Therefore, Pakistan and Saudi Arabia must establish a ‘working group’ to discuss and formulate a policy and action plan around the “Vision 2030 of Saudi Arabia”.
However, both countries must remain vigilant to criticism and uncalled opposition from the regional and international countries and experts. There are people and countries that started to compare and analyse Pakistan and KSA by bringing in Iran and sectarian elements. But both countries have clarified many times that the relationship is beyond the factor of sectarian ideologies.
Pakistan always maintained that it is a sovereign country and does not need any dictation from any one. Secondly, Pakistan also enjoys close relations with Iran, which were established right after the independence of Pakistan as the Shah of Iran was the first head of state who visited Pakistan.
Thirdly, Pakistan does not create objections on other countries’ foreign relations, as Iran has very close ties with India and Pakistan never commented on it. The reason is simple; Pakistan believes in sovereignty of others and expects the same from others. The most interesting thing is that Iran also wants to avoid this notion, but some experts put all their efforts to bring in sectarian element. It is quite unfortunate.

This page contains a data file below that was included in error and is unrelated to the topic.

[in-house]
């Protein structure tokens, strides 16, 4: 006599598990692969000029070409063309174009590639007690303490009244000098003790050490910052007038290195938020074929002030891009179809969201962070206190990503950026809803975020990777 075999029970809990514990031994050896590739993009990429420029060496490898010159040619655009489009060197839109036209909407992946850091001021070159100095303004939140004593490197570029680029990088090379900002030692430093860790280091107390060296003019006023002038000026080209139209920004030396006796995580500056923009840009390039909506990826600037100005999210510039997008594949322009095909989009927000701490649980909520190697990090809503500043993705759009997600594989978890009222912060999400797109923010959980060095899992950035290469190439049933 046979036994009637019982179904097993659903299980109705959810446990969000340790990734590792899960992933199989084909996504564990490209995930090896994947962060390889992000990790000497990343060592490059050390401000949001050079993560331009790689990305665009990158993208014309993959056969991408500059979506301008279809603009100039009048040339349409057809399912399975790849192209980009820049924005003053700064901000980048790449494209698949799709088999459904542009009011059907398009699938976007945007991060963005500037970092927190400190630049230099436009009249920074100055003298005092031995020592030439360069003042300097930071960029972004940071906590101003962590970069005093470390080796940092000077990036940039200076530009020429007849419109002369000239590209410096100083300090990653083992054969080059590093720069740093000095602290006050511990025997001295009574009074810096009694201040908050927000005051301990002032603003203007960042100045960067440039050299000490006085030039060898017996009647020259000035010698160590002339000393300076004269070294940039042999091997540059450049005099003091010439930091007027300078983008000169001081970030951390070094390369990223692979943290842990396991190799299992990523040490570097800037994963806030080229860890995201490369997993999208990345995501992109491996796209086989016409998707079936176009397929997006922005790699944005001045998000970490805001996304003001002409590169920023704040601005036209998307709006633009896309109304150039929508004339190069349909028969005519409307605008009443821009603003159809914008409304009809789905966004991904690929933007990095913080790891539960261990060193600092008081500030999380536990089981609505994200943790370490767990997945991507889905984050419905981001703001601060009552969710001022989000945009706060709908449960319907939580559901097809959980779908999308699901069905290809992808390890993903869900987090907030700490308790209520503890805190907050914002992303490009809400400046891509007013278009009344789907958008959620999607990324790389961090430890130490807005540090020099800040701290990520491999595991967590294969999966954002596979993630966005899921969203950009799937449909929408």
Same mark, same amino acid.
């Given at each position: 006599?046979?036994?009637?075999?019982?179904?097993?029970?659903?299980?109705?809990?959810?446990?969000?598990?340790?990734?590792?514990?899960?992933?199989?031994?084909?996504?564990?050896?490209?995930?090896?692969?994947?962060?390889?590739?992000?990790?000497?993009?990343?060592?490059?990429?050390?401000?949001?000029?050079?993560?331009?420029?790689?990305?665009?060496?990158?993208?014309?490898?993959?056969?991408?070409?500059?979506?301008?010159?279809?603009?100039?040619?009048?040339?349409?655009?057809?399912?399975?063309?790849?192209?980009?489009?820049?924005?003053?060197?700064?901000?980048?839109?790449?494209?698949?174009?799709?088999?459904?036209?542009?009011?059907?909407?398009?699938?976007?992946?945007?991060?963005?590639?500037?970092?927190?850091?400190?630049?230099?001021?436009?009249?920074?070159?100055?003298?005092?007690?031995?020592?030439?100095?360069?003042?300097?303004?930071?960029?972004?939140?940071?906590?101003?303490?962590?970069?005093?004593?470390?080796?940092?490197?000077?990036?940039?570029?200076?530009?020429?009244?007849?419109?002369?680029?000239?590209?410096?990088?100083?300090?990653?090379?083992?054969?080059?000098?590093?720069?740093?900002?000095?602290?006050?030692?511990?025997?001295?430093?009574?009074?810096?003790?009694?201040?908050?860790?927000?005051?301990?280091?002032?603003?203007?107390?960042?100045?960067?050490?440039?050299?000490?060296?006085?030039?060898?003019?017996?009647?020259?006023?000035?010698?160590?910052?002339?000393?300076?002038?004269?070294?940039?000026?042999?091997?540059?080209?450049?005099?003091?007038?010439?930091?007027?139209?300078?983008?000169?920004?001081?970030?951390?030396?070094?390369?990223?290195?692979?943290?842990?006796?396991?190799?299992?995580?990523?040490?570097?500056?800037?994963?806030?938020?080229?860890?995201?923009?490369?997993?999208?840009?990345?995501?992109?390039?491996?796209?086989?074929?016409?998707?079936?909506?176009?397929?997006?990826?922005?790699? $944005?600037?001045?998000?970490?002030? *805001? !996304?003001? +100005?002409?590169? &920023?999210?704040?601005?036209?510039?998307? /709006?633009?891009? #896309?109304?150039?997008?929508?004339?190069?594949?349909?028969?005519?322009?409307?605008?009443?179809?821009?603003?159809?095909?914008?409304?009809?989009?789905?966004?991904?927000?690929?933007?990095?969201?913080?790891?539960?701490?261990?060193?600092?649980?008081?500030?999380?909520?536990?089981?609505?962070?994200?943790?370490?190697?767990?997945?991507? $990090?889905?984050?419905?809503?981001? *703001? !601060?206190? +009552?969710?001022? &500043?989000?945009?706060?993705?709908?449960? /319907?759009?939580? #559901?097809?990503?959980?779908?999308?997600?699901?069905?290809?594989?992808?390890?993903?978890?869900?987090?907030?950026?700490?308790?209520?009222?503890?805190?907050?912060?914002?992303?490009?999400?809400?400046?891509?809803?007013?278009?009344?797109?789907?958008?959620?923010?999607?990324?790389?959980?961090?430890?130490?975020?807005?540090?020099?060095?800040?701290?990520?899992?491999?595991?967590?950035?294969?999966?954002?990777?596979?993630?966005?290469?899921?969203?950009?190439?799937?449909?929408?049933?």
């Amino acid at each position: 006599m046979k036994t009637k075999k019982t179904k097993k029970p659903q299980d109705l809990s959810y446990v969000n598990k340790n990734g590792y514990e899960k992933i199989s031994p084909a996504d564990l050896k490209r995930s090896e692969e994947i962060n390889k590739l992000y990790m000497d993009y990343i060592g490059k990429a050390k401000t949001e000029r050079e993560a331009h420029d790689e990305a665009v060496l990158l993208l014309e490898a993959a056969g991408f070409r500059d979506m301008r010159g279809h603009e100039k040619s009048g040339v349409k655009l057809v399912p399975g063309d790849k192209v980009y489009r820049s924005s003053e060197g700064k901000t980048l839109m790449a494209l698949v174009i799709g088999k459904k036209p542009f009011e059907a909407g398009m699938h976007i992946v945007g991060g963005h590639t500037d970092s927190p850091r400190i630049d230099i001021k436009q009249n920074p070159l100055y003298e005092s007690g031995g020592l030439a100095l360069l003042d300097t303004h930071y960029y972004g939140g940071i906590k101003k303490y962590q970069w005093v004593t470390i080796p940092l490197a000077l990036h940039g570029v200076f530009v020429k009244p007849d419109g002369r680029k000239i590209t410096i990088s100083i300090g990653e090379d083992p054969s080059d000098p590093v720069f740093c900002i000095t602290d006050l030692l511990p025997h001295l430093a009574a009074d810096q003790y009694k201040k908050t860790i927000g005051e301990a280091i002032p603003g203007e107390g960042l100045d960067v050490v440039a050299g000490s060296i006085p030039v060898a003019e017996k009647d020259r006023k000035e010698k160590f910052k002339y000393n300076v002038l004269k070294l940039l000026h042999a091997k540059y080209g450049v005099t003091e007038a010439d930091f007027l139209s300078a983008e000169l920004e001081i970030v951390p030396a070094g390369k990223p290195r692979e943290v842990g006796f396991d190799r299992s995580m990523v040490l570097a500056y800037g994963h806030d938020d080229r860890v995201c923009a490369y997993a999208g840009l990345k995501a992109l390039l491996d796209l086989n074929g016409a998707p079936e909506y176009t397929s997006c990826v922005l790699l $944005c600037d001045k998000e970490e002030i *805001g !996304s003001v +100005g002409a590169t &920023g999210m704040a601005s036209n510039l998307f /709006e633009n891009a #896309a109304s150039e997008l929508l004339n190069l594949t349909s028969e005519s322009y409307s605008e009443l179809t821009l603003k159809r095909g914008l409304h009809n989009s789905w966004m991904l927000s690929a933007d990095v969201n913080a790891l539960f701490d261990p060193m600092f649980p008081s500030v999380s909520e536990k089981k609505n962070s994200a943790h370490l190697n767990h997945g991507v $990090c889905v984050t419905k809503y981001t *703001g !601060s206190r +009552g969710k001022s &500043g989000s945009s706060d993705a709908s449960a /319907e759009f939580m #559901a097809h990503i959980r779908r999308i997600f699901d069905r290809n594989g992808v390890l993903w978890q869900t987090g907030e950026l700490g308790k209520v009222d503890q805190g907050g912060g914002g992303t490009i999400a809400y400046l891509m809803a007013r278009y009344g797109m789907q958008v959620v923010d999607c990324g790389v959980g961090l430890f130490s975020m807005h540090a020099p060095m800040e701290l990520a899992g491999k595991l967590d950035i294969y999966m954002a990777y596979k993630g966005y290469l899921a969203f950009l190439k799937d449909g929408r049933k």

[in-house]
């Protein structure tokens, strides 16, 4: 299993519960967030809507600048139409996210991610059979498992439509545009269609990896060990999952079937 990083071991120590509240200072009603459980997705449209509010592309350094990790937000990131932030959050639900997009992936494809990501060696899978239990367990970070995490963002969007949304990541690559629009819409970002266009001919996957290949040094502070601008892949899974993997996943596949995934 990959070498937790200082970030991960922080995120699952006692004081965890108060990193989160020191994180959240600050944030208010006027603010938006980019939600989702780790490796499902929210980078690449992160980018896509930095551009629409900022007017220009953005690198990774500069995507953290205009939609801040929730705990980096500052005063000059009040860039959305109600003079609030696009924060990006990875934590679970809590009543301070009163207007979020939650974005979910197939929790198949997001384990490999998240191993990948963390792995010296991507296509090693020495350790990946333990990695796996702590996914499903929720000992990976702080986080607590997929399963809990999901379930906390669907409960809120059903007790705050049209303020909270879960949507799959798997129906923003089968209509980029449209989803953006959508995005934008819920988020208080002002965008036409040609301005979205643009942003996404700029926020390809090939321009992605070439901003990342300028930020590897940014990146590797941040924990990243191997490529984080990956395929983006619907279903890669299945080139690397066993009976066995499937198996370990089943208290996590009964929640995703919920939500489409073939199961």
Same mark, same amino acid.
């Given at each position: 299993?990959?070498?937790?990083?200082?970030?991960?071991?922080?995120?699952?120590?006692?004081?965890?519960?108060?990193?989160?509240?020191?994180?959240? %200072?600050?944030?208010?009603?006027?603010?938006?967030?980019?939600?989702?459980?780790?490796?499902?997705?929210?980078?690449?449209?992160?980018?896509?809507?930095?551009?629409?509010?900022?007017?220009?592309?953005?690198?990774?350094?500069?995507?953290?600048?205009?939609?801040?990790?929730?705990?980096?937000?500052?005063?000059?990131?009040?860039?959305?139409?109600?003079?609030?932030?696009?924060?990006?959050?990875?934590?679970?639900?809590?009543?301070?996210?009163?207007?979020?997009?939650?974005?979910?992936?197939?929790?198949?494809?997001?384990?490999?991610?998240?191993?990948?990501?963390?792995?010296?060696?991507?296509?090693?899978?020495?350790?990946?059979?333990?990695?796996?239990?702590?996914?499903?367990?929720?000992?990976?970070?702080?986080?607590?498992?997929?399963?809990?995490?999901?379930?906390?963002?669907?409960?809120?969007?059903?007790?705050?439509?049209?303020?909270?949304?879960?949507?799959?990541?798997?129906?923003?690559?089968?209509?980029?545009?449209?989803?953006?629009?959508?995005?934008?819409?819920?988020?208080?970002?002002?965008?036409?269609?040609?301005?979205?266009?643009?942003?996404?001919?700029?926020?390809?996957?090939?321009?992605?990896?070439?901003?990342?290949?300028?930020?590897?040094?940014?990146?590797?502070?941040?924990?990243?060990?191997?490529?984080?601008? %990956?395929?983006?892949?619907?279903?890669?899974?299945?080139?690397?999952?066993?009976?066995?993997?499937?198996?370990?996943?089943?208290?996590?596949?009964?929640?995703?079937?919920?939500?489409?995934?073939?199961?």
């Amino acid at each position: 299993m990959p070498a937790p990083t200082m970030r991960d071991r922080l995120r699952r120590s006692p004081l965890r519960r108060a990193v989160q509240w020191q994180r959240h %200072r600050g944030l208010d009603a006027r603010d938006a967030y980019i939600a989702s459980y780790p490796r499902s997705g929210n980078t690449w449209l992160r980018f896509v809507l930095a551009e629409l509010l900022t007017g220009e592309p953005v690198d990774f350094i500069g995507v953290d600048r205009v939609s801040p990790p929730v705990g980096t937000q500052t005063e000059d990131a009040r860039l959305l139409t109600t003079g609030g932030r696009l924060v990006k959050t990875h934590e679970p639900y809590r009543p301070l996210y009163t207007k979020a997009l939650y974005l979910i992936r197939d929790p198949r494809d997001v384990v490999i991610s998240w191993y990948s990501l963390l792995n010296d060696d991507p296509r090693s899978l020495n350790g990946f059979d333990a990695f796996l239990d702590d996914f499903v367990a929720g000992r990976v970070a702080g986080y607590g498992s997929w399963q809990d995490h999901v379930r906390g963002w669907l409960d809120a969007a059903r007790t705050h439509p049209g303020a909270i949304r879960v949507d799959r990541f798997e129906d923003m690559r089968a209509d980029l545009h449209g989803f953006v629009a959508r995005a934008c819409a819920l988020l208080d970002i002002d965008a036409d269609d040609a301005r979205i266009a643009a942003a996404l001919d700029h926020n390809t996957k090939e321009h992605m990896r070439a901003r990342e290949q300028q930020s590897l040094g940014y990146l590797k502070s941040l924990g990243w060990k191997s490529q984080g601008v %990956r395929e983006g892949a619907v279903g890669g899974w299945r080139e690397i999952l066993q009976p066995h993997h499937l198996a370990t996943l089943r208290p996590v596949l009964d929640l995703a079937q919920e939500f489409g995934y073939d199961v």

Therefore, Pakistan and Saudi relations should not be analysed by bringing in a third country or sectarian element. The best way for both the countries would be to keep the relation as transparent as possible to avoid uncalled confusion and criticism. In the end, this relationship must be translated now into an economic and strategic relationship on the basis of mutual interests, values and respect.